In this study, we describe the impact of obesity on two immunotherapy strategies. We have previously described an experimental therapy using a recombinant adenovirus encoding TRAIL in combination with a TLR agonist (CpG) in an orthotopic mouse model of RCC (10–12). Delivered directly into the primary tumor-bearing kidney, Ad5-TRAIL/CpG immunotherapy stimulates an abscopal CD8+ T cell–mediated antitumor response that significantly enhances survival in lean but not diet-induced obese (DIO) mice (10, 13). These data implied that some obesity-related factor was responsible for immunotherapy failure. The present study extends our previous work by evaluating immunotherapeutic activity in a second model of obesity caused by the genetic loss of leptin using leptin-deficient (ob/ob) mice, which spontaneously become obese without dietary intervention (14), as well as using a systemically administered checkpoint inhibitor (anti–CTLA-4 mAb). Tumor growth was blunted and overall survival enhanced in lean and ob/ob obese mice after local or systemic antitumor immunotherapy, whereas DIO mice did not demonstrate any benefit with either treatment. The different therapeutic responses between diet-induced and ob/ob obesity led us to posit the elevated leptin in DIO mice was a contributor to therapeutic failure. Indeed, reducing the amount of leptin in DIO mice by systemic delivery of recombinant leptin receptor (ObR):Fc (ObR:Fc) restored immunotherapy efficacy. These data collectively indicate the importance of incorporating clinically relevant comorbidities into preclinical tumor models to broaden the testing of immunotherapeutic protocols. Moreover, our data have identified leptin as a potential therapeutic target for neutralization to enhance immunotherapy efficacy in obese cancer patients.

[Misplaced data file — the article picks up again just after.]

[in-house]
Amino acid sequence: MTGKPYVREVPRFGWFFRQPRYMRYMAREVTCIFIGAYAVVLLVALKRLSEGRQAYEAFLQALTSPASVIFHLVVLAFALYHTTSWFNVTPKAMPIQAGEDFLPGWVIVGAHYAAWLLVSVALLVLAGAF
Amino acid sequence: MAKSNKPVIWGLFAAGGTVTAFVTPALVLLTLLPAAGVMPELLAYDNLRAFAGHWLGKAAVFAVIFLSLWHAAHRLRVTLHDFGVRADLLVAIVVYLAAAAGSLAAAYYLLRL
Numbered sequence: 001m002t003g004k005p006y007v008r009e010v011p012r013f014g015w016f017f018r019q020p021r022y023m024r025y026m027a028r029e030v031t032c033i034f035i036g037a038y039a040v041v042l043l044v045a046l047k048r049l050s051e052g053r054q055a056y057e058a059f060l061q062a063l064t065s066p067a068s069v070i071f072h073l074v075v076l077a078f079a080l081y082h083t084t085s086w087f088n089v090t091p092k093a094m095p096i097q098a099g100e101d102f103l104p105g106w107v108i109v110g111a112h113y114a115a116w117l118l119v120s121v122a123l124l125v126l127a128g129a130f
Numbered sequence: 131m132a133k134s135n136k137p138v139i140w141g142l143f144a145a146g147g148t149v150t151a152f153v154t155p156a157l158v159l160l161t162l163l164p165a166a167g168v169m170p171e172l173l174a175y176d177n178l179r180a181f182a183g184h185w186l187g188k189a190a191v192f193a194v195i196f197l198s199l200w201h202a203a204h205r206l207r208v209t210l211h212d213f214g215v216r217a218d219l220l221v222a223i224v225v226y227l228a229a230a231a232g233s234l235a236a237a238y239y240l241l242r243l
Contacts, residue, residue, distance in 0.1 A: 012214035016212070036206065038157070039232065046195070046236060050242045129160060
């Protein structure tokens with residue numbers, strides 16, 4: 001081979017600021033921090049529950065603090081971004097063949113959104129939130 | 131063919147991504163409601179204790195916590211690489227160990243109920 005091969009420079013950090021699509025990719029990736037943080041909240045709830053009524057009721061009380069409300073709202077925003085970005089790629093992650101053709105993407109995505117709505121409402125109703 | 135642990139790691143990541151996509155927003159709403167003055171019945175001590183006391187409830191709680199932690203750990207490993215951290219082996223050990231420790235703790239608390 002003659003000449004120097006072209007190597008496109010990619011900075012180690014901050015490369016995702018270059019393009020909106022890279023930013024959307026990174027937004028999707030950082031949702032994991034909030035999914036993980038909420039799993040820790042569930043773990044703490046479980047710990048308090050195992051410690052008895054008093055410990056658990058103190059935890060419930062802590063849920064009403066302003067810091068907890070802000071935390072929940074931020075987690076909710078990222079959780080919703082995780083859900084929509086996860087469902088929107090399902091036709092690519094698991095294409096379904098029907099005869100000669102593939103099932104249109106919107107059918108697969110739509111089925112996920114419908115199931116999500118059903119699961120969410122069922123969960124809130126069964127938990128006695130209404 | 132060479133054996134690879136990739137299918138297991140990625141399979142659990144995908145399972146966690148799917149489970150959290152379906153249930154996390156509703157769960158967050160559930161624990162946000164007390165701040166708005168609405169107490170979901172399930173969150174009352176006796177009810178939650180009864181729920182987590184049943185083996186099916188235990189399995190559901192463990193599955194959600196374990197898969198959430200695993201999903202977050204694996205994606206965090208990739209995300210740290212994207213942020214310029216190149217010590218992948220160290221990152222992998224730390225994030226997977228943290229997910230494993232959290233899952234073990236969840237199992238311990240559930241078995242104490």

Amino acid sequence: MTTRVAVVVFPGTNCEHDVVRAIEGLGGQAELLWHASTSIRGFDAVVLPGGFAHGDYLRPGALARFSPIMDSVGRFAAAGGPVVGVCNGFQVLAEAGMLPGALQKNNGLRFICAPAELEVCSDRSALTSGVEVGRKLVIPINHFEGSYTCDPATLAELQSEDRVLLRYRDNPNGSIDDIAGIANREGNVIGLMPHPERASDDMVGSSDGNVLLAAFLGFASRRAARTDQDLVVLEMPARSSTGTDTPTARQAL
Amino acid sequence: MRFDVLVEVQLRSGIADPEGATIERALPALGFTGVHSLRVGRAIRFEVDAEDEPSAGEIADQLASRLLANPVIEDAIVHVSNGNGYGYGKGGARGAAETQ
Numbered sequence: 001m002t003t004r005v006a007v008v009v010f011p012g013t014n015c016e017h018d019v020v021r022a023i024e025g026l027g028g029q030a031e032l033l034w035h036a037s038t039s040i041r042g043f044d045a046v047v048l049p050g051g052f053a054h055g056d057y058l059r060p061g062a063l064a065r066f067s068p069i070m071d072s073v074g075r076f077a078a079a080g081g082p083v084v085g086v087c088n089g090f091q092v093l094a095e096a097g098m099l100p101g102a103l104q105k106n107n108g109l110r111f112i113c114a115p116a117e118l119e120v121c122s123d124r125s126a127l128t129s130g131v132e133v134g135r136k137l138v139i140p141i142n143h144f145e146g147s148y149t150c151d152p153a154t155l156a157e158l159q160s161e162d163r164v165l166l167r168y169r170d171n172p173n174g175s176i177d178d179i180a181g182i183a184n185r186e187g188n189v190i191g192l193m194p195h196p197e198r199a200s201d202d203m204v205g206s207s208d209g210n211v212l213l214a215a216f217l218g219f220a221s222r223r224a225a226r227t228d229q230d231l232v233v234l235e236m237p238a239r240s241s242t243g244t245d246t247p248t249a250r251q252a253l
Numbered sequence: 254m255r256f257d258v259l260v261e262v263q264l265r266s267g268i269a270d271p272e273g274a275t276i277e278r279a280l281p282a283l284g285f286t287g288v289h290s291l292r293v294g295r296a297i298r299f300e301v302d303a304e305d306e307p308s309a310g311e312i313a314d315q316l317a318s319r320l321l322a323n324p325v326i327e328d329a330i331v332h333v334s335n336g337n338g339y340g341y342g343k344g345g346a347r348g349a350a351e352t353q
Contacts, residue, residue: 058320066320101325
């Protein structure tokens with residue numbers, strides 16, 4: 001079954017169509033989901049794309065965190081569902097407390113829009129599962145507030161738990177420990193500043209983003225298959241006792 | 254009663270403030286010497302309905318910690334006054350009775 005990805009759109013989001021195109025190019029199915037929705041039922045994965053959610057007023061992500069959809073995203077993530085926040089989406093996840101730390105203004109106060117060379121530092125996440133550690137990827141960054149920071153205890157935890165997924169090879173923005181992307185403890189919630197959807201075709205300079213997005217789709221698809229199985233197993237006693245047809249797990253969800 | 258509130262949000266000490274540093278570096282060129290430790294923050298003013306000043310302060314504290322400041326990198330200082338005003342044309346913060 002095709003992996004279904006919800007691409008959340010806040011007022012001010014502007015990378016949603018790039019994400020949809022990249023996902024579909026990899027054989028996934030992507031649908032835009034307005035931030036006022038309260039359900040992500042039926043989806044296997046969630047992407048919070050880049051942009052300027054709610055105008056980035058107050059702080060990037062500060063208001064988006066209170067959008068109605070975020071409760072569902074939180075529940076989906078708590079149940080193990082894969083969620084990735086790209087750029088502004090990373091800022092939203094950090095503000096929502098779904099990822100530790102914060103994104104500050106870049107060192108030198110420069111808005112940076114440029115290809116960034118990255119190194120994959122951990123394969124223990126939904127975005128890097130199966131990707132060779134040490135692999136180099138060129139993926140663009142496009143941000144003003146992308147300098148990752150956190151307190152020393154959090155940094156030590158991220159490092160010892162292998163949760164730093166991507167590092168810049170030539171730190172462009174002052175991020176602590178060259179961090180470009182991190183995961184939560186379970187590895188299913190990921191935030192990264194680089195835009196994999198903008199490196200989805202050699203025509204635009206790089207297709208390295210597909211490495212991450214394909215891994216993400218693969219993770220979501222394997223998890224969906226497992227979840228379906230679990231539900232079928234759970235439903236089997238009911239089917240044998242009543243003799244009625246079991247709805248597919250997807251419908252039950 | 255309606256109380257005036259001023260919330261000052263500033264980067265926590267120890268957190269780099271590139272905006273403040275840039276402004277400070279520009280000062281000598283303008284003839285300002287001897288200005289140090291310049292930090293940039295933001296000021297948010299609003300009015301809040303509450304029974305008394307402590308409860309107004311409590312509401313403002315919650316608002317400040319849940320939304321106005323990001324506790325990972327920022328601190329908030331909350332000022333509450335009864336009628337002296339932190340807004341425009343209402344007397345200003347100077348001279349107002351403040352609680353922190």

Materials and Methods
Animals and diets
Female BALB/c mice 7–8 wk old (Charles River Laboratories) were given standard chow or high-fat feed (HFF) (Research Diets; no. 12492) for 20 wk ad libitum. Mice in the HFF group whose body weight was ≥3 SD above the mean weight of the standard chow group were defined as DIO, whereas mice whose body weight was <3 SD above the mean weight of the standard chow group were defined as obese resistant (10). BALB/c mice with a heterozygous deletion of the leptin gene (ob/+) were bred to produce ob/ob offspring. Male and female littermates (ob/+ or +/+) were used as controls. ob/ob and littermate controls were fed standard chow from weaning throughout the duration of experiments. Body composition analysis was performed using an EchoMRI 3-in-1 (Echo Medical Systems, Houston, TX).